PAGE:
UH Study: Smelling Stinkhorn Mushrooms Makes Women Orgasm?

I’ll put this in the strange and weird files:

From this report from Peter Ross:

…It was once sold in Europe as an aphrodisiac, Beatrix Potter said she “could not find courage to draw it”, and Charles Darwin’s daughter is reported to have roamed the grounds of her home, picking and burning Stinkhorns so the maids would not have their morals compromised by the sight. In Hawaii, a scientific study found the smell of Stinkhorn caused spontaneous female orgasm

Maybe it’s the way the mushroom grows that makes women aroused?

[youtube=http://www.youtube.com/watch?v=3EovFj_Au9Q&hl=en&fs=1]According to the Mushroom Experts:

Stinkhorns are amazing mushrooms, notorious for popping up suddenly and unexpectedly in urban settings. They are very diverse in appearance, but all of them share at least two features:

  • Some part of the fruiting body, at some stage in development, is covered with a foul-smelling slime.
  • The fruiting body arises from an “egg,” traces of which may disappear by maturity.Beyond these shared features, however, just about anything goes, and stinkhorns range from looking rather like Morels to appearing like, um, a portion of canine anatomy, or odd marine creatures with tentacles, or crab claws, Wiffle balls, Chinese lanterns, and so on.
  • I tried to find more on this “Hawaii Study” and I found this: An article in the International Journal of Medicinal Mushrooms describes a strange and wonderful practice in Hawaii: women gather together to search for a particular mushroom. When they find it, they sniff it. The scent of this mushroom causes sexual arousal, often to the point of orgasm.
  • 2 Responses

    1. Hi Damon,
      Re: Hawaiin stinkhorns and Island Women orgasms: Not all studies are valid nor journals respected.

      Although it is very difficult or expensive to find an actual copy of this so called scientific study, (no University carries this silly journal in its library, and to read it online you must go through a paywall) I wrote to the author and he kindly sent me a copy.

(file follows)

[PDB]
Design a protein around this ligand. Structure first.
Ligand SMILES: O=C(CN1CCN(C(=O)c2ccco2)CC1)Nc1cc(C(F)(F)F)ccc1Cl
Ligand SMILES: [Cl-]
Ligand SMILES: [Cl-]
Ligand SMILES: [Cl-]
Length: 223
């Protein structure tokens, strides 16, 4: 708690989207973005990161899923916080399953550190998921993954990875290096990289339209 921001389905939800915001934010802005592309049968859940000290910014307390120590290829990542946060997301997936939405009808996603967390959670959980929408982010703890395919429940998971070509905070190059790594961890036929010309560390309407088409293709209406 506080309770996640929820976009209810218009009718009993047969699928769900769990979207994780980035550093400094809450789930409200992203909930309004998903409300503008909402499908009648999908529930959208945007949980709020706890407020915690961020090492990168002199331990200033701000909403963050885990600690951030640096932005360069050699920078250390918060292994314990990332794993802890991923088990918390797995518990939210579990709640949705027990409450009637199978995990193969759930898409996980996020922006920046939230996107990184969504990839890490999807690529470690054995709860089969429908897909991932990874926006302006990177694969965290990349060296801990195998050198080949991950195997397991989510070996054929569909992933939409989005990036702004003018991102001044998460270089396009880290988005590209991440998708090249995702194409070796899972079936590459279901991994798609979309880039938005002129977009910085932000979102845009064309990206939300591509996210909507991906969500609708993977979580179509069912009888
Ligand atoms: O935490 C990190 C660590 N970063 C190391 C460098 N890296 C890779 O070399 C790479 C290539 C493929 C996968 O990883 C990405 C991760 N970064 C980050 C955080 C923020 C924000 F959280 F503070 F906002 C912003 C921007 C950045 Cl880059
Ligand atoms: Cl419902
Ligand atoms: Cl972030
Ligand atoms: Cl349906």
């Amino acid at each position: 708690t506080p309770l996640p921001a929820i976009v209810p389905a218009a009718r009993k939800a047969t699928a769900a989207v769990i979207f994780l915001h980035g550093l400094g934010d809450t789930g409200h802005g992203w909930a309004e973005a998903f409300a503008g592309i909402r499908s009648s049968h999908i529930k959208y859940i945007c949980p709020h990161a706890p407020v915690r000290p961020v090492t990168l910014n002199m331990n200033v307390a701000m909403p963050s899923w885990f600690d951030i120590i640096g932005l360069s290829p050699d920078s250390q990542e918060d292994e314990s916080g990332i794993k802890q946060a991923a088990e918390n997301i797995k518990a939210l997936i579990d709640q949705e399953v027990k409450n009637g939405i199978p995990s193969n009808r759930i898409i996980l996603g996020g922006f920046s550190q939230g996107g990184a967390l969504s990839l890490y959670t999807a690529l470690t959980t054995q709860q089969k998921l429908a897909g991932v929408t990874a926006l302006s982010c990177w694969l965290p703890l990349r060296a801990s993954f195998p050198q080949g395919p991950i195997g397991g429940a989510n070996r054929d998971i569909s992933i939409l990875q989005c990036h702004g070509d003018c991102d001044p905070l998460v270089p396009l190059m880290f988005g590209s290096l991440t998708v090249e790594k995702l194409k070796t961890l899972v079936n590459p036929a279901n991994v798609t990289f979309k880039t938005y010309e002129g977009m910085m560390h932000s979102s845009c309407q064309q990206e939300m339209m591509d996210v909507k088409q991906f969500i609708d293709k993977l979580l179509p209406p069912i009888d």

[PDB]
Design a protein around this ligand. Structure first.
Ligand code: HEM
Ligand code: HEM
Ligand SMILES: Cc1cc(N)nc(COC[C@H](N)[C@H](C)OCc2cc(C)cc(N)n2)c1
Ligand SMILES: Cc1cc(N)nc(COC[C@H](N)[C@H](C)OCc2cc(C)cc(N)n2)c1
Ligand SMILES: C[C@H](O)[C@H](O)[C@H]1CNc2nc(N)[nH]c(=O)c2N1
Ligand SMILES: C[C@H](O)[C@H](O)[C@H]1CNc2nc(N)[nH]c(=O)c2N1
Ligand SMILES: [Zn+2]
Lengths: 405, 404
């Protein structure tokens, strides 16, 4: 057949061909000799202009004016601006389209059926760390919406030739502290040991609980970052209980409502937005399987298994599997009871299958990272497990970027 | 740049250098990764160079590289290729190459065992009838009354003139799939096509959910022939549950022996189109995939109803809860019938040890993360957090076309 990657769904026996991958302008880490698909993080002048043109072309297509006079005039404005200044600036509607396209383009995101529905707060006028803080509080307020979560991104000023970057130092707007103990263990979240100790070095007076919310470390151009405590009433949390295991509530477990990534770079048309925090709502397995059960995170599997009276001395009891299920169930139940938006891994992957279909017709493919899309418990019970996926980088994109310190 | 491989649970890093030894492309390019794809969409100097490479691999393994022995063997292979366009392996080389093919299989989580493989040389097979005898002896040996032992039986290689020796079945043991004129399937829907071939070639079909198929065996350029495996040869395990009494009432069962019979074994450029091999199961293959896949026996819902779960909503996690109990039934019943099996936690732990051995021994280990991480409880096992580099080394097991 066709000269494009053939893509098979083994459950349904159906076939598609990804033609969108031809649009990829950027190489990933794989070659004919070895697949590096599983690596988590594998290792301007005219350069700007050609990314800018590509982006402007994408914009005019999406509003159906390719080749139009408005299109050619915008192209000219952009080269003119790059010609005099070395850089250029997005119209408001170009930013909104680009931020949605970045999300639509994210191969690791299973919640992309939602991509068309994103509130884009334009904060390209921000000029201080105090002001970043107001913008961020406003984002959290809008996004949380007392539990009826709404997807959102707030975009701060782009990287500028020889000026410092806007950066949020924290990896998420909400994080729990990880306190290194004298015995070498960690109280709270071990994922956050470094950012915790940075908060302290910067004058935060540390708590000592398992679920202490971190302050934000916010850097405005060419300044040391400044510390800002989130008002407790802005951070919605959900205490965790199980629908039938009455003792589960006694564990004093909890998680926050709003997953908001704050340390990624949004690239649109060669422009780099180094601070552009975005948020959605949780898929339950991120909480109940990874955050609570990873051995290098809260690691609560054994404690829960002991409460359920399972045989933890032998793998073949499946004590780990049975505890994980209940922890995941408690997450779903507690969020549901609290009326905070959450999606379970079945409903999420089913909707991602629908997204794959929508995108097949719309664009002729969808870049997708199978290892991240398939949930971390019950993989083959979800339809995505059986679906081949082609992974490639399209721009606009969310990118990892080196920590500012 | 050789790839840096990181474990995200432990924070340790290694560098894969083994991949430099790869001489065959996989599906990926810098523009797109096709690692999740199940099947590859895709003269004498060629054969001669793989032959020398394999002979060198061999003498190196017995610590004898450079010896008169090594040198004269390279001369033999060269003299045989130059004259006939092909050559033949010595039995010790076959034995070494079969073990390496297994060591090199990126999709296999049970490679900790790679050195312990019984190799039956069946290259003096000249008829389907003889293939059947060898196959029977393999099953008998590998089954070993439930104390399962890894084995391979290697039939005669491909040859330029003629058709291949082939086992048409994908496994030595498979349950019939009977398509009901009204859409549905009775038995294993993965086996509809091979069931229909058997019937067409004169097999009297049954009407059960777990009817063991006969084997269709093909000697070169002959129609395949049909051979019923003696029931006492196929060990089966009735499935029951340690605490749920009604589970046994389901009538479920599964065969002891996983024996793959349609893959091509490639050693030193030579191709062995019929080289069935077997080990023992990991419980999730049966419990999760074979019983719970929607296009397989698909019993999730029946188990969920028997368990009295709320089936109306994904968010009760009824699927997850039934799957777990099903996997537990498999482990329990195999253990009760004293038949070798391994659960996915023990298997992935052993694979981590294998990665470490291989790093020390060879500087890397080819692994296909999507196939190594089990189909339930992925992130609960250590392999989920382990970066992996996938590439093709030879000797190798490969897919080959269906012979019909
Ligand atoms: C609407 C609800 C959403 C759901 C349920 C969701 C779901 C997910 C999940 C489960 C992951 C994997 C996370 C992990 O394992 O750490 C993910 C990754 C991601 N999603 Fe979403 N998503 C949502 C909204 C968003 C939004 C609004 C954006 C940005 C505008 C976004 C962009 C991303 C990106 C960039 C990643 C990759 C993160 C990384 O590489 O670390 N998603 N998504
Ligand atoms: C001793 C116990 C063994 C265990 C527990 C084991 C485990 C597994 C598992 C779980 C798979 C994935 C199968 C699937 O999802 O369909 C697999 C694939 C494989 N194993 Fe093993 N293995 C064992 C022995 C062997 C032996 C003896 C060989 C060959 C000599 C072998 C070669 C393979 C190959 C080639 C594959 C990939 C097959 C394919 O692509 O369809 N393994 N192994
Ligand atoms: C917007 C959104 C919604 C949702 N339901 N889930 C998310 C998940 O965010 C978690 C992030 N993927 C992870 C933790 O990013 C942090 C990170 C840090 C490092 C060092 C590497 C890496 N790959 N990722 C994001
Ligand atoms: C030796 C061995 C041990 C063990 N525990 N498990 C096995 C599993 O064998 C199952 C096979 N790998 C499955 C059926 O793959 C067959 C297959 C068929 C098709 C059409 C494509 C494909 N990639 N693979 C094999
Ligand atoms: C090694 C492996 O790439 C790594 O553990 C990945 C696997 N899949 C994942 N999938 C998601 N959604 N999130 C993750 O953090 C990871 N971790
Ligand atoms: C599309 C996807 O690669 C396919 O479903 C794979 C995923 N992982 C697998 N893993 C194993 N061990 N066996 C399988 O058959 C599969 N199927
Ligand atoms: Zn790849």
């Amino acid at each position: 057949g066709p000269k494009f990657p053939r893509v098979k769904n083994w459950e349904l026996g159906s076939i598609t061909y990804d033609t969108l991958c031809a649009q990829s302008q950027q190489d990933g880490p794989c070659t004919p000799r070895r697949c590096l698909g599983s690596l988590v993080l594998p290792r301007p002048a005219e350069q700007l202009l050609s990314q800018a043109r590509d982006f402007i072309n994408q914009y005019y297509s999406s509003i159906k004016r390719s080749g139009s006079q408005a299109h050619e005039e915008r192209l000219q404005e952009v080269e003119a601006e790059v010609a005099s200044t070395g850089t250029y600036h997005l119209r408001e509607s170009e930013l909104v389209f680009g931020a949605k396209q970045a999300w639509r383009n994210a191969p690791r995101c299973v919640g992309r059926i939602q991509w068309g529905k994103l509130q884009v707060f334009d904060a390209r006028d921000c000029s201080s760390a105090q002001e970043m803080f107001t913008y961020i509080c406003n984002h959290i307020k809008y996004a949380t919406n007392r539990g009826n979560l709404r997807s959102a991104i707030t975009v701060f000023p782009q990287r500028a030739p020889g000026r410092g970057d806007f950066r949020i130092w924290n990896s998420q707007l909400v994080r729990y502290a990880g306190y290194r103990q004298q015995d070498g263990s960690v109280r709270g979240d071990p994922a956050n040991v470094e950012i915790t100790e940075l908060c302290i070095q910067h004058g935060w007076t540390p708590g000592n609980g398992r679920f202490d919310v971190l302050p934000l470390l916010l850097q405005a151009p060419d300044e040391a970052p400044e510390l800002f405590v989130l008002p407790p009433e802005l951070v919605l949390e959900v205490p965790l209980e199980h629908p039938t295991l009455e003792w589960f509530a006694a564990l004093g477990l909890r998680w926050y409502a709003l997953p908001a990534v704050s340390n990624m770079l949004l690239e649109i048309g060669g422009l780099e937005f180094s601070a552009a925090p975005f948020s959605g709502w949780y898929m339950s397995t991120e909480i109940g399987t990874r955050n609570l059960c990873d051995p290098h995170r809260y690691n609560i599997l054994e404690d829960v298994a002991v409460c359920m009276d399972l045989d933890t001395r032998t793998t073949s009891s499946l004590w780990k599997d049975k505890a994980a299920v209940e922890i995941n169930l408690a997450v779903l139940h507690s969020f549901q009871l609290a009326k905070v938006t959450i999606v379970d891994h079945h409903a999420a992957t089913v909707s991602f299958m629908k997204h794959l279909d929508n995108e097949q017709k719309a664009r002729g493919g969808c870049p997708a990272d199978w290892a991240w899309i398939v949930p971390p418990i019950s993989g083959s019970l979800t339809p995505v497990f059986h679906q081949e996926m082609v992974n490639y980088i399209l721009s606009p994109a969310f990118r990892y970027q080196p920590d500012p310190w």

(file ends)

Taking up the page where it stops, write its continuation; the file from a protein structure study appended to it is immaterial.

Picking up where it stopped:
It was pretty much a highly biased fairy tale, with zero references (unheard of in a real study), no detailed protocols, speculation on it being a “new” Hawaiin fungal species, not proof (a real PhD mycologist from Hawaii whom I know, Dr. Don Hemmes, claims that all of these stinkhorn species were recently introduced to the islands) and a huge conflict of interest, not mentioned in the study itself … the funding of this “study” by Big Pharma, in hopes of gaining a marketable aphrodisiac for women. The author admitted this to me in our correspondence.

      The study took place in 2001, and the follow-up, such as it was, went nowhere. Holliday finally stopped doing live presentations of this “study,” because he was ridiculed, and rightly so.

      It is unclear whether the very talented artist Beatrix Potter, who did many fungal illustrations, was “put off” by the stinkhorns shape (unlikely) or its odor most foul.

      Other than paid subjects in an uncontrolled study, most men and women find the smell of these netted stinkhorns perfectly beastly. Chemically, the odor closely resembles decaying flesh and poop, which does attract its target species: flies. Those flies eat the foul spore-bearing gleba and then spread the spores of the fungus. It’s a neat system, but hardly delightful to women.

      Don’t believe everything you read, especially when it is only presented to you via the abstract.

      Please please please do not spread this
      sensationalistic crap. It is fantasy not science based.

    2. Interesting, both in subject matter and filing. I imagine the “Higa” wasn’t a mistake.

      Damon – LMAO

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